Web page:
While more states are offering full-day kindergarten, and some go so far as to make attendance compulsory, others don’t require districts to offer the earliest grade at all.
When kindergarten began in the United States in the mid-1800s, it took two forms. One was publicly financed “charity kindergartens” for poor children, similar to today’s state-subsidized preschools aimed at low-income youngsters. The other took the form of privately run centers. Parents paid tuition for their children to attend, akin to the way private preschools work now.
Kindergarten is based on the teachings of Friedrich Froebel, a German educator who believed that children were not properly prepared to enter school, and that mothers needed coaching in the best ways to care for their offspring.
Shortly after the turn of the 20th century, proponents of educating children at an early age began lobbying for more kindergarten classes. ''The movement was never to make kindergarten compulsory,” says Barbara Beatty, an associate professor of education at Wellesley College and the author of Preschool Education in America. “It was to mandate that districts offer kindergarten.”
Now, more than 100 years’ later, state policies still vary on how--and even if--districts must offer kindergarten.
Today, every state pays for some kindergarten: either for a portion of the school day or in selected districts. Twenty-five states subsidize all-day kindergarten statewide or in districts that choose to offer it, as does the District of Columbia.
But even as talk of the importance of high-quality preschool education reaches unprecedented levels, some states--Alaska, Colorado, Idaho, Michigan, New Hampshire, New Jersey, New York, North Dakota, and Pennsylvania--do not require districts to establish kindergartens, according to an Education Week survey conducted for Quality Counts.
“Most of these states where you see that kindergarten is not mandated are typically locally controlled states when it comes to education,” says Michelle Exstrom, a policy associate with the National Conference of State Legislatures.
Currently, 13 states--Arkansas, Delaware, Kentucky, Louisiana, Maryland, New Mexico, Ohio, Oklahoma, Rhode Island, South Carolina, Tennessee, Virginia, and West Virginia--and the District of Columbia require children to attend kindergarten. In Rhode Island, Tennessee, and West Virginia, the law requires that youngsters attend kindergarten even though they do not have to start school until they are 6, the age at which children customarily enter 1st grade.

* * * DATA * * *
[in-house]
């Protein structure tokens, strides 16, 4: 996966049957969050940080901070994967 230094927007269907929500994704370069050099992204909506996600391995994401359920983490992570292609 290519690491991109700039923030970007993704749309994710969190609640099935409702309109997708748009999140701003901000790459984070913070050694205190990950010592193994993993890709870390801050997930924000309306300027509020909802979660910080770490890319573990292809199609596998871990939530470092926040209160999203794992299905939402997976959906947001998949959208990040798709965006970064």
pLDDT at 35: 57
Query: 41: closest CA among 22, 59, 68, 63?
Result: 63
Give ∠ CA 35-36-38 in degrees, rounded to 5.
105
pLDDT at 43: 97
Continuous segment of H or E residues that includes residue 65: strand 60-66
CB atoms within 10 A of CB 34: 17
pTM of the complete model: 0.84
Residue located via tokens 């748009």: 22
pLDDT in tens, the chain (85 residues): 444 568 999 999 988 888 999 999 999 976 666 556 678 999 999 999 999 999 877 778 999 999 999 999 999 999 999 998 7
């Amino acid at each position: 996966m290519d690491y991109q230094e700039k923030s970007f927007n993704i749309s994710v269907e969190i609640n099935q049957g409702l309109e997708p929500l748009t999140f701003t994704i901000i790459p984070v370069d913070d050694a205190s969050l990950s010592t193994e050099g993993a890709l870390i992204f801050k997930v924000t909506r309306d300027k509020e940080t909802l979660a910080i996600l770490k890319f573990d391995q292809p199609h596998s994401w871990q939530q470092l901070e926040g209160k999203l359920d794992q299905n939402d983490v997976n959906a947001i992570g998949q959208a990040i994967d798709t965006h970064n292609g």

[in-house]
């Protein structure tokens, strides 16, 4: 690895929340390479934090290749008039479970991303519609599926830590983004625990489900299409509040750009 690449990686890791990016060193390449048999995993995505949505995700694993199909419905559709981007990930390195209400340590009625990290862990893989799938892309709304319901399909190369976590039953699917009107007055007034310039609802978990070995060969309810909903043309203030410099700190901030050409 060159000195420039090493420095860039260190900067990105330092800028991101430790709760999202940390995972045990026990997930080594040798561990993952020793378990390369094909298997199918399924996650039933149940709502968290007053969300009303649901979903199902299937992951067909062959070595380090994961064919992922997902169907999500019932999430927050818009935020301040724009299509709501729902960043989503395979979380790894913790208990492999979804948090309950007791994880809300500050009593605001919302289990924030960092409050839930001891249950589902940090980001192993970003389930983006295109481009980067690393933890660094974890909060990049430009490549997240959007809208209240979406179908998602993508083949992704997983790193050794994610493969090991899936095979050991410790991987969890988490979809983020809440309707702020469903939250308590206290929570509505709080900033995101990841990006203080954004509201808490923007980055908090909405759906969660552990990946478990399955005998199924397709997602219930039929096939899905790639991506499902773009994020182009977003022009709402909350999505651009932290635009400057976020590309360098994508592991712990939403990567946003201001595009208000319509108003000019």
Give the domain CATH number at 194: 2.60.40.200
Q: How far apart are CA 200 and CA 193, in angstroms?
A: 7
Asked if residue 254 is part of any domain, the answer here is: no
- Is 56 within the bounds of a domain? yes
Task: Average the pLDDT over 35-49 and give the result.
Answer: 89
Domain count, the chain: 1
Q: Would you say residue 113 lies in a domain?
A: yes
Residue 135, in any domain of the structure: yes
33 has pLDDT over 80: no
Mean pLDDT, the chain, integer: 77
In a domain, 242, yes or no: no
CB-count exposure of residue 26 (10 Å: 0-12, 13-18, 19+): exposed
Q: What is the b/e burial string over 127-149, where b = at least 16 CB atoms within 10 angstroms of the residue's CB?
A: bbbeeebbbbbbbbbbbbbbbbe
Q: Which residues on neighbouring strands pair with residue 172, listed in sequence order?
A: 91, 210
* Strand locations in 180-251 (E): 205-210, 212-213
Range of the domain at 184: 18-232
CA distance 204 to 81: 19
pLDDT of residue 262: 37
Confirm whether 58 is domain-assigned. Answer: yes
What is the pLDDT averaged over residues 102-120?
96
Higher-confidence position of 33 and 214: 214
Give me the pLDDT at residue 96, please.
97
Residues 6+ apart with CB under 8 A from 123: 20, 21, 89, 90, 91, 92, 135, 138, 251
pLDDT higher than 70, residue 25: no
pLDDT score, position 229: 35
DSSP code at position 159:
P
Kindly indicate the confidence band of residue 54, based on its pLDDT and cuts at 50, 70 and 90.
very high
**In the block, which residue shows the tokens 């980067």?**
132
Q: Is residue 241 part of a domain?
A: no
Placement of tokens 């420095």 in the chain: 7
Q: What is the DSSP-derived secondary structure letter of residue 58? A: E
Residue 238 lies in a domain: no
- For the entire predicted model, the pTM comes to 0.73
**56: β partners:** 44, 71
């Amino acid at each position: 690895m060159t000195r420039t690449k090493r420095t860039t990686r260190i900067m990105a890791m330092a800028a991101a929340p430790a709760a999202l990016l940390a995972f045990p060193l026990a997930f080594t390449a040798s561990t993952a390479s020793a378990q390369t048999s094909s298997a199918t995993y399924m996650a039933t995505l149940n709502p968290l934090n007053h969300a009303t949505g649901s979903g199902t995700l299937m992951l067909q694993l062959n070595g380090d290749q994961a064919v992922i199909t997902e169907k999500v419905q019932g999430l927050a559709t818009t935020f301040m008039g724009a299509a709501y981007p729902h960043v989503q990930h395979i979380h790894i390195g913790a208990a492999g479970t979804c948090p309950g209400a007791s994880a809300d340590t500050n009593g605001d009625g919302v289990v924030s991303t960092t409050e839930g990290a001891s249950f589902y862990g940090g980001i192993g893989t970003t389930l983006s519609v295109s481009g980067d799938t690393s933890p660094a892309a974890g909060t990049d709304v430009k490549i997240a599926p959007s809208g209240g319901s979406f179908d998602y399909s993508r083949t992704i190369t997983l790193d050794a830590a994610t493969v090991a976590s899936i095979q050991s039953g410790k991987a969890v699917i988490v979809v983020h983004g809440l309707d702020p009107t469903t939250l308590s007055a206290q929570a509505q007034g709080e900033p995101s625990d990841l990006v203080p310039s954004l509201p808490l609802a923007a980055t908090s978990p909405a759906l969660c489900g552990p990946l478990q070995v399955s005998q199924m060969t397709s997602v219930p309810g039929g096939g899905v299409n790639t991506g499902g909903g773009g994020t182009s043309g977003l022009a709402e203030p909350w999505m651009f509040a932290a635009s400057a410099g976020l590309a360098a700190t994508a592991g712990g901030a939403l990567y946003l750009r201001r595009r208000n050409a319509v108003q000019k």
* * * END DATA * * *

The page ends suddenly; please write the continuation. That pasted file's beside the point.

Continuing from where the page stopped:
The age at which children enter school has been a topic of debate in recent years. In North Dakota last year, a bill to lower the entrance age from 7 to 6 failed. Lowering the age for admission would mean more children attending school earlier, thereby driving up costs, says Exstrom.
Meanwhile, legislation that would extend the school day for kindergartners from the traditional 2 ½ hours to a six-hour, full-day program has been moving through statehouses around the country.
Proponents of all-day kindergarten say that providing pupils with more instructional time will better prepare them for the demands of 1st grade by giving them more exposure to the curriculum and to the school environment. For many children, an all-day program also cuts down on the number of places they are sent to during and after the school day.
Only eight states require districts to offer full-day kindergarten. The District of Columbia public schools also provide full-day programs.
Oklahoma passed legislation last year that requires districts to offer full-day kindergarten. But the mandate will not take effect until the state increases per-pupil pre-K-12 spending to what state legislators deem to be an adequate level.
To solve the space problems many districts face in extending kindergarten programs, Oklahoma lawmakers gave district officials the option of contracting with neighboring districts or with licensed public or private child-care programs. The district would put licensed teachers in all those kindergarten classrooms, and they would be operated as public schools.
Finding teachers to fill the extra slots can also be an obstacle to extending the kindergarten day. Though certification requirements for kindergarten teachers vary by state, school administrators often shift other elementary teachers, who may not have the same training in early-childhood education, to kindergarten.
A version of this article appeared in the January 10, 2002 edition of Education Week